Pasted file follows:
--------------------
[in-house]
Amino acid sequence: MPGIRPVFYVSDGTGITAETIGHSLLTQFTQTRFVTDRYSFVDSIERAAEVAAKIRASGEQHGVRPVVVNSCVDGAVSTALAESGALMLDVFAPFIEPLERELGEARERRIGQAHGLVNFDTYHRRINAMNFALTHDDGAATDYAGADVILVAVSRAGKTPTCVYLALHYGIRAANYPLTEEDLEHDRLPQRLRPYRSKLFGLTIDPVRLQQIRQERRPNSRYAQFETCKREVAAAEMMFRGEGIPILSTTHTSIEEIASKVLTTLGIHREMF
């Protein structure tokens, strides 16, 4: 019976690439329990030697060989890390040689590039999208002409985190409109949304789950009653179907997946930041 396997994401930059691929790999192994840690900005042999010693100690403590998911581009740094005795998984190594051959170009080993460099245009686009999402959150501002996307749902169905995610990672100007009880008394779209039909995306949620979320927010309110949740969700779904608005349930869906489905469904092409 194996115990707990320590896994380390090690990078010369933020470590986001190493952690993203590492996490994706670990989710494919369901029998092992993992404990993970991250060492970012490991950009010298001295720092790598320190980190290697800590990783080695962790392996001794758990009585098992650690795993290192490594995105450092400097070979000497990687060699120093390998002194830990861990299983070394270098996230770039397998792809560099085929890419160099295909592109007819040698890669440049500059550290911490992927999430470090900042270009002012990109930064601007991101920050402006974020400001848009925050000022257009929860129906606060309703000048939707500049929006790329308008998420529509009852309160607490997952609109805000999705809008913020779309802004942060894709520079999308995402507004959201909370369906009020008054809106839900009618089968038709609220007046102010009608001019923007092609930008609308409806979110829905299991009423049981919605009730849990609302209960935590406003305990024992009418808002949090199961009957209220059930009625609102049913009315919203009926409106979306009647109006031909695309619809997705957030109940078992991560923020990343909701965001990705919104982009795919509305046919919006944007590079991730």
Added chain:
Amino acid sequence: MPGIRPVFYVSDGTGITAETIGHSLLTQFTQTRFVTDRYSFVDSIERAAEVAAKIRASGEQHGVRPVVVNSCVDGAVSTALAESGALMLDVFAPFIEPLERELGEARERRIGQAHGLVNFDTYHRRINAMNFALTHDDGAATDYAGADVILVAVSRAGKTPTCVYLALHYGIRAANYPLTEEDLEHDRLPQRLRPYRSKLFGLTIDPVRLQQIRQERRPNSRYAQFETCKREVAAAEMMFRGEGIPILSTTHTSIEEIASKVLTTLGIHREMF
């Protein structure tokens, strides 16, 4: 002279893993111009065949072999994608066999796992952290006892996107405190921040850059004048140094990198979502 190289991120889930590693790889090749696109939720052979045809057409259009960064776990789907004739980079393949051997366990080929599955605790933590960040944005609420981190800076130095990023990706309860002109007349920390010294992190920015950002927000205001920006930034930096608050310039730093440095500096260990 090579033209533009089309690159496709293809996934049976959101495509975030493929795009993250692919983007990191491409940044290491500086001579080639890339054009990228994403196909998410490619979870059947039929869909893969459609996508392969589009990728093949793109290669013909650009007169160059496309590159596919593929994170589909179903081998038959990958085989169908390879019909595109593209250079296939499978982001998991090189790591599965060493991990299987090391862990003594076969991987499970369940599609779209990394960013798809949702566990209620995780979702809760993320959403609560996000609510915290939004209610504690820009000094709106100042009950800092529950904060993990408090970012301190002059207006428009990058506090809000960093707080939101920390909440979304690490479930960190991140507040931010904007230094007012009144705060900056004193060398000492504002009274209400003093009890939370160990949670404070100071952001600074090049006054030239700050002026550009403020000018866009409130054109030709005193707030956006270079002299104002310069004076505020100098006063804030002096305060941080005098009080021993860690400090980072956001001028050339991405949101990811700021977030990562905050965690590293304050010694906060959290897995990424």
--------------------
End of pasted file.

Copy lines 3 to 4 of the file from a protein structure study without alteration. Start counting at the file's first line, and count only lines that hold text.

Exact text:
């Protein structure tokens, strides 16, 4: 019976690439329990030697060989890390040689590039999208002409985190409109949304789950009653179907997946930041 396997994401930059691929790999192994840690900005042999010693100690403590998911581009740094005795998984190594051959170009080993460099245009686009999402959150501002996307749902169905995610990672100007009880008394779209039909995306949620979320927010309110949740969700779904608005349930869906489905469904092409 194996115990707990320590896994380390090690990078010369933020470590986001190493952690993203590492996490994706670990989710494919369901029998092992993992404990993970991250060492970012490991950009010298001295720092790598320190980190290697800590990783080695962790392996001794758990009585098992650690795993290192490594995105450092400097070979000497990687060699120093390998002194830990861990299983070394270098996230770039397998792809560099085929890419160099295909592109007819040698890669440049500059550290911490992927999430470090900042270009002012990109930064601007991101920050402006974020400001848009925050000022257009929860129906606060309703000048939707500049929006790329308008998420529509009852309160607490997952609109805000999705809008913020779309802004942060894709520079999308995402507004959201909370369906009020008054809106839900009618089968038709609220007046102010009608001019923007092609930008609308409806979110829905299991009423049981919605009730849990609302209960935590406003305990024992009418808002949090199961009957209220059930009625609102049913009315919203009926409106979306009647109006031909695309619809997705957030109940078992991560923020990343909701965001990705919104982009795919509305046919919006944007590079991730």
Added chain: